People Leave Bad Managers

Dateline: December 25, 2015

Welcome to our Friday WRAP – one thought-provoking idea to think about over the weekend.

Happy Holidays!  If today is one of your holidays, we wish you a Merry Christmas.  Today’s thought is about gifts.

Recently I found a thought provoking blog by Dr. Greg Alston, educator, entrepreneur and pharmacist.  “People don’t leave good companies,” Dr. Alston wrote, “They leave bad managers.”  In his blog, People Join Good Companies, but Quit Bad Managers, Dr Alston nicely summarized three things we can do to keep people in our organization from moving on.

If somebody can double their pay, they may consider other employment. But with that exception aside, the reality is that there are really only three important reasons why employees either love their job or dislike it enough to make them want to leave:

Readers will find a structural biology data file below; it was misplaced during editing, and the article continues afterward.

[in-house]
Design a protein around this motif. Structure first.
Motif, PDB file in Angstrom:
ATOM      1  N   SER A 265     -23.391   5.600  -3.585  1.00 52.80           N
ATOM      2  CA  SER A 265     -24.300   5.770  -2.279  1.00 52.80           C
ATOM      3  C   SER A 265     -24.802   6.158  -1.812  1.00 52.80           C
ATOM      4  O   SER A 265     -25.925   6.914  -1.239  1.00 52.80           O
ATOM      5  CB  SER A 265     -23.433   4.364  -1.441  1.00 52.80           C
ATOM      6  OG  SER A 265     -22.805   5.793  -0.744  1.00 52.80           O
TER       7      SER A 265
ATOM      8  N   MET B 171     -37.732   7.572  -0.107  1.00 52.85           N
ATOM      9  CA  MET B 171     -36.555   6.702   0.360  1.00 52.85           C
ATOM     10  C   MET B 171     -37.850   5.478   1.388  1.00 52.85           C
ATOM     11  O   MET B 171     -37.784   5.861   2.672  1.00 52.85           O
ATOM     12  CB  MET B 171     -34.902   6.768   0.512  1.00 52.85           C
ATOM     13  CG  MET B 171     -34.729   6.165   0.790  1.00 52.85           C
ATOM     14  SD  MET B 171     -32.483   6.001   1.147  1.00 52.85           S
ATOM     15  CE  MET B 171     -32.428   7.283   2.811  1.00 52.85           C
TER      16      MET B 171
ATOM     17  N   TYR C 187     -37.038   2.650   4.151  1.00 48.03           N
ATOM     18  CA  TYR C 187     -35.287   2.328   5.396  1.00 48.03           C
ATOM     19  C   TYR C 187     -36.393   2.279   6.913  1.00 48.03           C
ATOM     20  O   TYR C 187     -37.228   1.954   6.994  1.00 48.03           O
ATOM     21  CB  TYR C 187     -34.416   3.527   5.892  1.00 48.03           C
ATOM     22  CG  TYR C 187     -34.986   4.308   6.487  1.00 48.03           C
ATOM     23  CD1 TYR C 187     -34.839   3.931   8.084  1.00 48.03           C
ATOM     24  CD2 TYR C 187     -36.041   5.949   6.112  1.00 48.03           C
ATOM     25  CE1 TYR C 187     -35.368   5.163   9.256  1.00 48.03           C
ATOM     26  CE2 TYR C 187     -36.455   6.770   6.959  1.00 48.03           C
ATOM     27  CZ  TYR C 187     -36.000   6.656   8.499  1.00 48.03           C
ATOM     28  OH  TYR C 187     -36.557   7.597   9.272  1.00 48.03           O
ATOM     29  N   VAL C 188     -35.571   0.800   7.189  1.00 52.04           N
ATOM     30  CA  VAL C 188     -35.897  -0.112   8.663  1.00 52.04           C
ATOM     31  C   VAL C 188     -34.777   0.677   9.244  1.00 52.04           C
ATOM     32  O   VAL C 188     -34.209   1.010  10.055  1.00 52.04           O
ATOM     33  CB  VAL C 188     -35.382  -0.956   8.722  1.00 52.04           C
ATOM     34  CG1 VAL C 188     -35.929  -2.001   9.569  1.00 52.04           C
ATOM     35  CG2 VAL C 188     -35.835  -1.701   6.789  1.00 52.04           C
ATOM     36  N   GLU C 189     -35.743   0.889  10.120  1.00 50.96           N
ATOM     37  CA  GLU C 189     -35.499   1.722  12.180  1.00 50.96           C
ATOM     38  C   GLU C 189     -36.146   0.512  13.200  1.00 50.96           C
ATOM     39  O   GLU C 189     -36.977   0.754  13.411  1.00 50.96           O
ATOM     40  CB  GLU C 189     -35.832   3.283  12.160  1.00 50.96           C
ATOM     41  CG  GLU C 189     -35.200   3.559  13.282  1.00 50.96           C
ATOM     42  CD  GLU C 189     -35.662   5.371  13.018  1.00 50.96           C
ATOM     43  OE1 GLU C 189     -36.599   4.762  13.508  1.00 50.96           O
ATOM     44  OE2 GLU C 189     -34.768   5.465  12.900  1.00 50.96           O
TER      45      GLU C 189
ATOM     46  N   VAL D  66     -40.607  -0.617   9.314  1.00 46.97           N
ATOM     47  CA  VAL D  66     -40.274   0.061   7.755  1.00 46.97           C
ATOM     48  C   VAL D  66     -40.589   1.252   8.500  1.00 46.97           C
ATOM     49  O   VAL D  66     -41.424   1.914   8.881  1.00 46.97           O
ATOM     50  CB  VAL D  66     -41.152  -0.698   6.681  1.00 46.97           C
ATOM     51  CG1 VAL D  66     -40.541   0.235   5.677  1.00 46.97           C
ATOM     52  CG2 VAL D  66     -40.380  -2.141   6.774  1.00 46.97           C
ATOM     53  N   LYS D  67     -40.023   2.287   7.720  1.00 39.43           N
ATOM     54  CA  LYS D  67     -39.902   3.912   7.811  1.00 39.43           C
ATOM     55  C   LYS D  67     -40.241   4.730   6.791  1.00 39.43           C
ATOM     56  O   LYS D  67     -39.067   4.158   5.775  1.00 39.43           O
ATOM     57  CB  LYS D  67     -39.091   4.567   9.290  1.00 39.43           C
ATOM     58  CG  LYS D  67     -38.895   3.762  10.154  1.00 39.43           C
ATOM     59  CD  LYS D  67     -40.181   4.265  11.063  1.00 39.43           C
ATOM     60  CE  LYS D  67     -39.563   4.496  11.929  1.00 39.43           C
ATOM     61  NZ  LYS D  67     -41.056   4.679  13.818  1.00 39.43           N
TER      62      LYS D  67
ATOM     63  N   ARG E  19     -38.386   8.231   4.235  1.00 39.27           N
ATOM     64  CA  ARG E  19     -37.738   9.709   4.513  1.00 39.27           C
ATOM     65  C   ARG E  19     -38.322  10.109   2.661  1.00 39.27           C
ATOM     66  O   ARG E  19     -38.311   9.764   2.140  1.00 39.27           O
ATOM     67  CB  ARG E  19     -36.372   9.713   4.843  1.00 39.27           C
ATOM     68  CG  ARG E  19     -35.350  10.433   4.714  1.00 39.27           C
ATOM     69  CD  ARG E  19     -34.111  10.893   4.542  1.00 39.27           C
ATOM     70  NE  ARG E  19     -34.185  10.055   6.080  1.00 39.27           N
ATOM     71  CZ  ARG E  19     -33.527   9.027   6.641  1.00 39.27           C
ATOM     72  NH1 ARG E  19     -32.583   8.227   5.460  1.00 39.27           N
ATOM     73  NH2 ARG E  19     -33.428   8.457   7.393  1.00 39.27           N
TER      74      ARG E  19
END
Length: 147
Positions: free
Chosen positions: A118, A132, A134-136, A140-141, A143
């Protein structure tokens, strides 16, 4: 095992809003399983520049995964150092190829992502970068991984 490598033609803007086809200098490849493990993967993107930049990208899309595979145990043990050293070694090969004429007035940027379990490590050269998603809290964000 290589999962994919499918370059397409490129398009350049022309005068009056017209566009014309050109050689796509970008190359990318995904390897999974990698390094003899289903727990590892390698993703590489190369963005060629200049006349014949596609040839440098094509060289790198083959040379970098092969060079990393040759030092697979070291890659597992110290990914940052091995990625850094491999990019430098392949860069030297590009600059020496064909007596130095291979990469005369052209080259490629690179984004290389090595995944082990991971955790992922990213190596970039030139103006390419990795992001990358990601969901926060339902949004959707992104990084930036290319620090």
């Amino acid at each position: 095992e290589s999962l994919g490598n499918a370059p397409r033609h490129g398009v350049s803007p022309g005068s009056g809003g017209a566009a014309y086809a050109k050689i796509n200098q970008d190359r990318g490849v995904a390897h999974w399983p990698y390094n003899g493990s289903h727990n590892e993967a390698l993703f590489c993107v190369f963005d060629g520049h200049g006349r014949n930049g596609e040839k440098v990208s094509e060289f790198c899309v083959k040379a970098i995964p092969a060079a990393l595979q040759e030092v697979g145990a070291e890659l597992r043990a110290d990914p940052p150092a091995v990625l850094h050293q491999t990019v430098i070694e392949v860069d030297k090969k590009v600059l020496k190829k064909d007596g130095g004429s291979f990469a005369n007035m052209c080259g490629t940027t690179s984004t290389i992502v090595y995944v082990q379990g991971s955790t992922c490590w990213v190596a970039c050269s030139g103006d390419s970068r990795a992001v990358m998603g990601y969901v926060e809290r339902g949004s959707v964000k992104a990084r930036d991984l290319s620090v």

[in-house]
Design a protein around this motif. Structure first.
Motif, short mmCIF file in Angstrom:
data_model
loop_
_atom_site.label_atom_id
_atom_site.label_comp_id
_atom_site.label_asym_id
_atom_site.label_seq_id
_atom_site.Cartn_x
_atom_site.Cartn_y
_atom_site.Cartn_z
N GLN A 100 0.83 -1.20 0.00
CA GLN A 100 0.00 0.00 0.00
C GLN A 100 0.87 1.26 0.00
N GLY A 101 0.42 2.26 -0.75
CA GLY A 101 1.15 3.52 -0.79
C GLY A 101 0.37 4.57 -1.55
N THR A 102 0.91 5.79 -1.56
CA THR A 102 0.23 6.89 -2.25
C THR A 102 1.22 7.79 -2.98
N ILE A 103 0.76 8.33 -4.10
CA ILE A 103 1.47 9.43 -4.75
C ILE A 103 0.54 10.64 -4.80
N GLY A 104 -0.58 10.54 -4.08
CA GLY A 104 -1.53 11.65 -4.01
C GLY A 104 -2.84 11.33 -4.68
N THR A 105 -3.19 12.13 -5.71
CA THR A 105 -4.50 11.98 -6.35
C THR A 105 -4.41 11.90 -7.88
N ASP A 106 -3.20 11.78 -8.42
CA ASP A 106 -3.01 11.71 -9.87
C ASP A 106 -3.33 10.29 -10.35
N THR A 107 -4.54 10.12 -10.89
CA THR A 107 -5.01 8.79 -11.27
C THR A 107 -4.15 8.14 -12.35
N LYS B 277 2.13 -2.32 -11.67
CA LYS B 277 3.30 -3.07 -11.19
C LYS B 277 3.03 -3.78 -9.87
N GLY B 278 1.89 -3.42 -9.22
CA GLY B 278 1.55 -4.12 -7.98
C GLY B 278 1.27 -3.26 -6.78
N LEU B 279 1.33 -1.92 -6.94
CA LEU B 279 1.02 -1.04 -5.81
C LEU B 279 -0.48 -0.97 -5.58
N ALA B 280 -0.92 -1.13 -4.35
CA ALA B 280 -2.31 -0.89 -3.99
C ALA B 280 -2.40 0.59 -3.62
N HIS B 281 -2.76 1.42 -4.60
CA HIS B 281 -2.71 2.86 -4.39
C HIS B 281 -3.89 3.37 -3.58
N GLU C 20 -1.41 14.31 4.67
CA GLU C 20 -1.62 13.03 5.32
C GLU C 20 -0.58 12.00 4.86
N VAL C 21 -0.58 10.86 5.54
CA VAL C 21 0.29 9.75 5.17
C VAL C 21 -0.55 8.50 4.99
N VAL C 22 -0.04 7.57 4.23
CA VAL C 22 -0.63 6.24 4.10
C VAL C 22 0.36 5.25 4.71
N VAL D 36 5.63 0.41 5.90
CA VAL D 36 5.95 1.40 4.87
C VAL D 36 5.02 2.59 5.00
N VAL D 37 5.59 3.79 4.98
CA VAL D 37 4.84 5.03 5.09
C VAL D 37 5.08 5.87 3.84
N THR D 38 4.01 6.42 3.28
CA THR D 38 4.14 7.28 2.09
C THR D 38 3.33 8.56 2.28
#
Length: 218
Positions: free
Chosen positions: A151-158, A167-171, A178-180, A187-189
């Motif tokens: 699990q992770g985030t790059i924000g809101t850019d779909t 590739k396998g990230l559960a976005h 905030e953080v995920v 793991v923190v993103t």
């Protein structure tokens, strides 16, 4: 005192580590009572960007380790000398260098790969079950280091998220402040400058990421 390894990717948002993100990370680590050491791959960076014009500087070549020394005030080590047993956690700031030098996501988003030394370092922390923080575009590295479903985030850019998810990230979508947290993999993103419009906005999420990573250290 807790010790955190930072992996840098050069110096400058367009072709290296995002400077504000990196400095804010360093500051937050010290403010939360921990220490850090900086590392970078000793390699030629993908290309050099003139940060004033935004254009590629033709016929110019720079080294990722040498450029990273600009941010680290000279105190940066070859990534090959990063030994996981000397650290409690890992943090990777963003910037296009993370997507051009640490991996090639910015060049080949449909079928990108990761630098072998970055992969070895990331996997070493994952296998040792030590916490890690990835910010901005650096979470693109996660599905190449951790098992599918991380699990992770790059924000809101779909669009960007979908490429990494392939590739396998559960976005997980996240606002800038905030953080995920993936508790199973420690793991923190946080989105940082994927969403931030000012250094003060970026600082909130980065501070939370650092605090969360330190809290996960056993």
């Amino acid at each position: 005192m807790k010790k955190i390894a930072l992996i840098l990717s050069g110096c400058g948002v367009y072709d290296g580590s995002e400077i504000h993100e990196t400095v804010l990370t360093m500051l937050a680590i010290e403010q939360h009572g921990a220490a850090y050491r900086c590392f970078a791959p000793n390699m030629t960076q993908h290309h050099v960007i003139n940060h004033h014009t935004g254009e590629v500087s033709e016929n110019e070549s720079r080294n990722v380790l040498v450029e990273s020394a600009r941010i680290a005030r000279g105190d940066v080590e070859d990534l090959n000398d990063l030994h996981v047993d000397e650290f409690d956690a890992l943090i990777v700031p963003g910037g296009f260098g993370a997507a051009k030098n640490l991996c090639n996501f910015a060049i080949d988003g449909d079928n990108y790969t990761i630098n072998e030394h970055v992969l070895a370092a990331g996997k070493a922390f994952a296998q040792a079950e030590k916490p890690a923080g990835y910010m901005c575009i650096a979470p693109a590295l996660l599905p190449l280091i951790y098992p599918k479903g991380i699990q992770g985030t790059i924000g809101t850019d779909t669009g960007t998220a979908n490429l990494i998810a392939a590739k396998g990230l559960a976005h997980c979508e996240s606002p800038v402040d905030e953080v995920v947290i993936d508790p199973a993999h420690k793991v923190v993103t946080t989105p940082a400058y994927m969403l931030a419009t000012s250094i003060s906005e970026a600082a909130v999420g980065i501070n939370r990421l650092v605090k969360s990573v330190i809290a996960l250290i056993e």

1. People want to work for a company they believe is doing good work: Good work means it’s something they are proud to tell their neighbors they do. It means that the work is needed by society and is of benefit to the community.

2. People want to feel they are good at what they do: Nobody likes going to work every day and doing a job they know they don’t do well. Despite all the pop psych pabulum being dispensed today, people still generate a sense of accomplishment when they know they are able to do something useful to help the company achieve its goals. As long as those goals are worth doing.

3. People want to know their company appreciates what they do: Certainly the rate of pay is one indicator of how much a company appreciates an employee, but it is only a minor part in the eyes of most people. It is more important that the leadership of the organization recognizes the contributions being made and shows genuine appreciation through personal contact with the employee. This can be a simple thank you, or it can be a more detailed conversation.

In my experience, a gift of kind words, a short note you write to your co-workers or subordinates to express your personal appreciation of their work, goes a long way towards creating this type of environment.

How do you treat your team?  What gift of kind words can you give them this holiday season to both show how much you value them?

That’s a WRAP!  Have a happy holidays and a wonderful new year!

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